Photo Credit: Courtesy of @kelseydashmarie
Here's Why Everyone Should Experience The Gullah Geechee Cultural Heritage Corridor
I started 2023 off with a trip exploring the Gullah Geechee Cultural Heritage Corridor. Excitement was an understatement when I first learned about the trip. I’d known of the Gullah people from watching “Gullah Gullah Island” as a child. Months leading up to the trip, I told everyone who would listen that I was going to South Carolina and Georgia to learn more about the Gullah people and culture. To my surprise, many people had no idea what I was talking about. A few of my friends that watched “Gullah Gullah Island” thought being Gullah was fictional. After my week-long experience learning about the history, culture, food and language of the Gullah people, it’s only right that I share what I learned with you.
Why the Gullah Geechee Cultural Heritage Corridor?
I joined a group of Black and Brown women journalists from around the world on a trip of a lifetime. We were the first to experience this itinerary, whose purpose is to expose travelers to the vibrant legacy of Gullah culture.
“We are excited to partner with Intrepid Travel as its company’s mission aligns with our mission to level the playing field and create equitable opportunities for small Black suppliers in underrepresented communities in the U.S. to thrive in the travel and tourism industry,” says Stephanie M. Jones, CEO, Cultural Heritage Alliance for Tourism, Inc. and Founder, Blacks in Travel & Tourism.
Additionally, Jones shares, “Our multi-day Black cultural heritage tour itineraries are designed to amplify and strengthen local Black-owned businesses while providing transformative experiences for culturally curious travelers.”
About the Gullah Geechee people
What I found fascinating about this tour was meeting Gullah people who have protected, preserved and passed on their West African culture for hundreds of years through food, music, language, spirituality and family. A familiarity was felt while being among the Gullah people. They reminded me of my Trinidadian heritage with their accents and traditional cuisine.
The Gullah Geechee people are the direct descendants of West Africans who were brought to the United States through the transatlantic slave trade. Located on isolated islands along the coasts of South Carolina, North Carolina, Georgia and Florida, enslaved ancestors created a unique culture that was preserved and passed down for generations.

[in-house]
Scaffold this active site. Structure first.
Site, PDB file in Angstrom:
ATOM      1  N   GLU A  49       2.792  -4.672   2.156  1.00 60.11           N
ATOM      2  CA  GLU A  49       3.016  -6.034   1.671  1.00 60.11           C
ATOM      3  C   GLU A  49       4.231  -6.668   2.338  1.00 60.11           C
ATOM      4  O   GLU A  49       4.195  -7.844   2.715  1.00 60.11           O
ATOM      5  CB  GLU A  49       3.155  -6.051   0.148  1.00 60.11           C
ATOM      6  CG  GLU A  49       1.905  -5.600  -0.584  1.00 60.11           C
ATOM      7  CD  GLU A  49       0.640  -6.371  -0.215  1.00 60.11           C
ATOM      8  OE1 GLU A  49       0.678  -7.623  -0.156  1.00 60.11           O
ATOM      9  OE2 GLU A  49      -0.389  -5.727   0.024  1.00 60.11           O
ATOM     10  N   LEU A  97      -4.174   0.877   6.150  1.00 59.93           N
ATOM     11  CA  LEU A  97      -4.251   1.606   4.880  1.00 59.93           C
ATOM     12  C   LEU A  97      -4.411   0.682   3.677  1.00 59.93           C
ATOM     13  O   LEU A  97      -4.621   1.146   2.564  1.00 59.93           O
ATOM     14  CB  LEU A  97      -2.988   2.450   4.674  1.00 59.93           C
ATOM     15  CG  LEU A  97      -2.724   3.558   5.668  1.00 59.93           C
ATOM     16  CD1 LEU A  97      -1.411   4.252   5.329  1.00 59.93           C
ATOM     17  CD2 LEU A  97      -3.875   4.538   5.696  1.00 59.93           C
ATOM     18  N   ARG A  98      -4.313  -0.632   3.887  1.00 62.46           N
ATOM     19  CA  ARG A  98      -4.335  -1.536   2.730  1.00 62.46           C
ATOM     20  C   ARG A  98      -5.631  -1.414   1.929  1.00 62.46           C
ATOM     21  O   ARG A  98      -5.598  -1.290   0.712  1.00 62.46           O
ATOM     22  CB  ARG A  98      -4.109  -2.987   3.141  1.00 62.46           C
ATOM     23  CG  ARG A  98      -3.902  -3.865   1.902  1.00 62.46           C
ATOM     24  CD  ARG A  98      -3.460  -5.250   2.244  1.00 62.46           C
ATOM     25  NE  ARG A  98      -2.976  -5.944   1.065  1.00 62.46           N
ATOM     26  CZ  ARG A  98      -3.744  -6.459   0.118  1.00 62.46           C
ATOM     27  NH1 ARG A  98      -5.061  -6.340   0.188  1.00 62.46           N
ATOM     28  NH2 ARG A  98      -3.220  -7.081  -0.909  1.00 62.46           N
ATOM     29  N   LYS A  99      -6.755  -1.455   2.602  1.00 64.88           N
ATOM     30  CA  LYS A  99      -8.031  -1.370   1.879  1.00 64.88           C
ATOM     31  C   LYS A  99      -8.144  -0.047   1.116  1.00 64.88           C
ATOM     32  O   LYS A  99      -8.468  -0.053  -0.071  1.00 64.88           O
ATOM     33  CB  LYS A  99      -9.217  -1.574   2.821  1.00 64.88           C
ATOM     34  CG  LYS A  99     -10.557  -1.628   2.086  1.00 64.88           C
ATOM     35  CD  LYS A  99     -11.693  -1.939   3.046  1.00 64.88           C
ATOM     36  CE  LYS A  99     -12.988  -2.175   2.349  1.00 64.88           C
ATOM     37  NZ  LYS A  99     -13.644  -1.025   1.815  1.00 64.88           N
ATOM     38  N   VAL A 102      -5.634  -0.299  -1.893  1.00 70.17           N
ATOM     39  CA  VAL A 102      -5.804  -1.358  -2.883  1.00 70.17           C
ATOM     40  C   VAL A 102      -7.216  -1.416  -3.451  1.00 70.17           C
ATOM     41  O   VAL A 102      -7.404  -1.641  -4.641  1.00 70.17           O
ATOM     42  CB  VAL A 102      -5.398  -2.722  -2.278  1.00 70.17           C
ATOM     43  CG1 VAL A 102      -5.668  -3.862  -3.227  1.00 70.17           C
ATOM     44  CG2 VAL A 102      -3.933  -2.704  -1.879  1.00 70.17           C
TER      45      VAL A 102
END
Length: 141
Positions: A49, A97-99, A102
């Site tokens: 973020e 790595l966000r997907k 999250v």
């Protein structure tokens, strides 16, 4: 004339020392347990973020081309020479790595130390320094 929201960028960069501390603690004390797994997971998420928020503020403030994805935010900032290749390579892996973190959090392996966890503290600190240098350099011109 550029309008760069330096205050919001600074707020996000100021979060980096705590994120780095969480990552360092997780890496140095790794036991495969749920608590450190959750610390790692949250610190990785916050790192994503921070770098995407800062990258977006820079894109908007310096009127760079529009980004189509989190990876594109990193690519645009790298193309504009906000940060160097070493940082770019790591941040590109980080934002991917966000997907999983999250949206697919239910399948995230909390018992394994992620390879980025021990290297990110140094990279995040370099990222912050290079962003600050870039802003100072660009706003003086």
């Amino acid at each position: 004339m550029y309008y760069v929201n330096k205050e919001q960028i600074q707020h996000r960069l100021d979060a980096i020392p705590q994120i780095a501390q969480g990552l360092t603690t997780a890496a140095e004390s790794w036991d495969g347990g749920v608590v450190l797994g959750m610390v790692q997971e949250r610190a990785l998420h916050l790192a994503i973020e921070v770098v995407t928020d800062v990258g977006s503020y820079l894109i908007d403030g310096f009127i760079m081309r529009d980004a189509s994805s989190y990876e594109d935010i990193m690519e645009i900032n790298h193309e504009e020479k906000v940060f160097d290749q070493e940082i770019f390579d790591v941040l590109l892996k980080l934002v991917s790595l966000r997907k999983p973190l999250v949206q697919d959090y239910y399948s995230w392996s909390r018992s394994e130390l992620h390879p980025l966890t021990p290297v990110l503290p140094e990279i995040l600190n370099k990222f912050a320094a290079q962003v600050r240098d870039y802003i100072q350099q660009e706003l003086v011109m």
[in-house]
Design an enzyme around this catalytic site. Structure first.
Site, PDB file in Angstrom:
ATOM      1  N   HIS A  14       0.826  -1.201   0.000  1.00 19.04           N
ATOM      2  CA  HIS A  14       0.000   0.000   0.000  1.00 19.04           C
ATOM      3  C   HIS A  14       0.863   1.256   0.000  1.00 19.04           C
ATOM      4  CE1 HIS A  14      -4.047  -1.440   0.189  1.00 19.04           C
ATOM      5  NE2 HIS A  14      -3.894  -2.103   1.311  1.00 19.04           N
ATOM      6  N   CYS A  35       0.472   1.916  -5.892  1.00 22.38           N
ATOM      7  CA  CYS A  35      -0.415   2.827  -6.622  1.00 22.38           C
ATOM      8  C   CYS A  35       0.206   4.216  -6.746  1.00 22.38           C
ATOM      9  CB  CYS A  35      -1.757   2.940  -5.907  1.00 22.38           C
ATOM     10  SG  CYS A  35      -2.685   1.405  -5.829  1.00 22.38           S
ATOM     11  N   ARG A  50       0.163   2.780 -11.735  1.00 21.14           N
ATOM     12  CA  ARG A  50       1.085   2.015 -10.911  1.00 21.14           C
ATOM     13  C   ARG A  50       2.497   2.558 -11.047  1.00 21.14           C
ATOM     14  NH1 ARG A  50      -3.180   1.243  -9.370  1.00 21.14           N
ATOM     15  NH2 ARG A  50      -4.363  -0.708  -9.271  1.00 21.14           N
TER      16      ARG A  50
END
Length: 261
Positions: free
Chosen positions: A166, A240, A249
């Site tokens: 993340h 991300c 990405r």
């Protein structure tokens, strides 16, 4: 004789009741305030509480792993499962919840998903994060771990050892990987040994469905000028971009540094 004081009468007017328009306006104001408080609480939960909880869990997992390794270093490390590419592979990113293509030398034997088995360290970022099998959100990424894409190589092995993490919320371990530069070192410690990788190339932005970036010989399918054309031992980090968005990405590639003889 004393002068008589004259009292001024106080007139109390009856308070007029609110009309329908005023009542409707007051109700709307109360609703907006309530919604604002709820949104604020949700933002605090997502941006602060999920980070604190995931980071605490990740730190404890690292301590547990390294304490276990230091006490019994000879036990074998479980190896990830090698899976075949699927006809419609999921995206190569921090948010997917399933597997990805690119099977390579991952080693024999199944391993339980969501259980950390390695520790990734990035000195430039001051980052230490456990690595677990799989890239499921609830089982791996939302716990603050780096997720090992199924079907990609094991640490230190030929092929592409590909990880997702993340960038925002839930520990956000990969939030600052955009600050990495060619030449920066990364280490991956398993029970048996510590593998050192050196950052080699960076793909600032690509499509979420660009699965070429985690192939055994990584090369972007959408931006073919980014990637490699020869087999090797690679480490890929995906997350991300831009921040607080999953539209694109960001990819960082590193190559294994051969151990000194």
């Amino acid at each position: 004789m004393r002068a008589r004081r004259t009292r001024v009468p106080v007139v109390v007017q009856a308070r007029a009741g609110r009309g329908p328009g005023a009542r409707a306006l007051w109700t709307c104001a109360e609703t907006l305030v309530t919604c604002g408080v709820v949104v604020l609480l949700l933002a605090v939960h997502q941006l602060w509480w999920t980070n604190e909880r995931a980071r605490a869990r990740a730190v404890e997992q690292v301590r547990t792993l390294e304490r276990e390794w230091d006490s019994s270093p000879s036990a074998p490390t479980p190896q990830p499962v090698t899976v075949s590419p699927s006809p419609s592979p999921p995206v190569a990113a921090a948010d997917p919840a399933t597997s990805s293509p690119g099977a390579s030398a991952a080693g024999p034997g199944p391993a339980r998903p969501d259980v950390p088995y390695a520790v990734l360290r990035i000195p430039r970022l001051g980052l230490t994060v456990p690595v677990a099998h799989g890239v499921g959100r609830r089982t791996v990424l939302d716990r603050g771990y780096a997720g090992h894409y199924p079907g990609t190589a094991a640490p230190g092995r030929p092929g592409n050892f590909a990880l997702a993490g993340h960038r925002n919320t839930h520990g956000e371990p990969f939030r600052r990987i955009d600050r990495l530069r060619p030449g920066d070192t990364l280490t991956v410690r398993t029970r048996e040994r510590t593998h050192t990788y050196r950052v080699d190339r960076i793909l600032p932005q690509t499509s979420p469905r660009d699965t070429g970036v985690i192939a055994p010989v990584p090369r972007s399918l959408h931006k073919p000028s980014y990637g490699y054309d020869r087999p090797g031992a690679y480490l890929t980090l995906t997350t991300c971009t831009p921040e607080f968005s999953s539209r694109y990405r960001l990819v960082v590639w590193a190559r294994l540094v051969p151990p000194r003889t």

In October 2006, an Act of Congress designated the Gullah Geechee Cultural Heritage Corridor as part of the National Heritage Areas Act.
Starting in Charleston
Our trip started in Charleston, South Carolina, with a welcome dinner at My 3 Sons of Charleston. This Black-owned mother and son operated restaurant serves delicious soul food. The next few days consisted of a lot of learning and unlearning, which sometimes got emotionally heavy.
Visiting The Emanuel African Methodist Episcopal Church, referred to as Mother Emanuel, was one of those heavy moments. The church is the oldest African Methodist Episcopal church in the Southern United States. In 2015, the church experienced tragedy when a white supremacist entered the lower level and killed nine members, including the pastor, after joining for an hour of bible study. It was an intense experience, to say the least. Learning about how the church moved in love after the tragedy was great. Although the church is going through renovations, there are still services.
Following lunch, we had a chance to attend a sweetgrass basket weaving workshop led by a third-generation Gullah Geechee descendant, Mrs. Lucille Smith. These baskets have been in the Gullah community for generations. With the initial intention to be a tool for rice production, today, these baskets are an art form.
What I love about this tour is the emphasis on amplifying Black-owned businesses. Some of the partners include Sights & Insights Tours, owned and operated by Al Miller, and C&S Tours + Transport, a Black woman-owned travel agency.
History in St. Helena Island
We then hopped on a bus and traveled to St. Helena Island. Here, we learned more about the history of the Gullah Geechee people. We enjoyed a storytelling performance at the Gullah Geechee Cultural Visitors Center by Anita Singleton-Prather, aka Aunt Pearlie Sue.
Ending in Savannah, Georgia
The tour ended in Savannah, Georgia. We visited Pin Point Heritage Museum and learned about the history of residents who grew up in the close-knit community.
I ultimately experienced so much more on this tour that has transformed how I view travel in the United States. My experience has inspired me to prioritize learning more about Black American history.
If you’re eager to learn more about the Gullah Geechee people, I highly suggest going.
Learn more about the Gullah Geechee Cultural Heritage Corridor Tour here.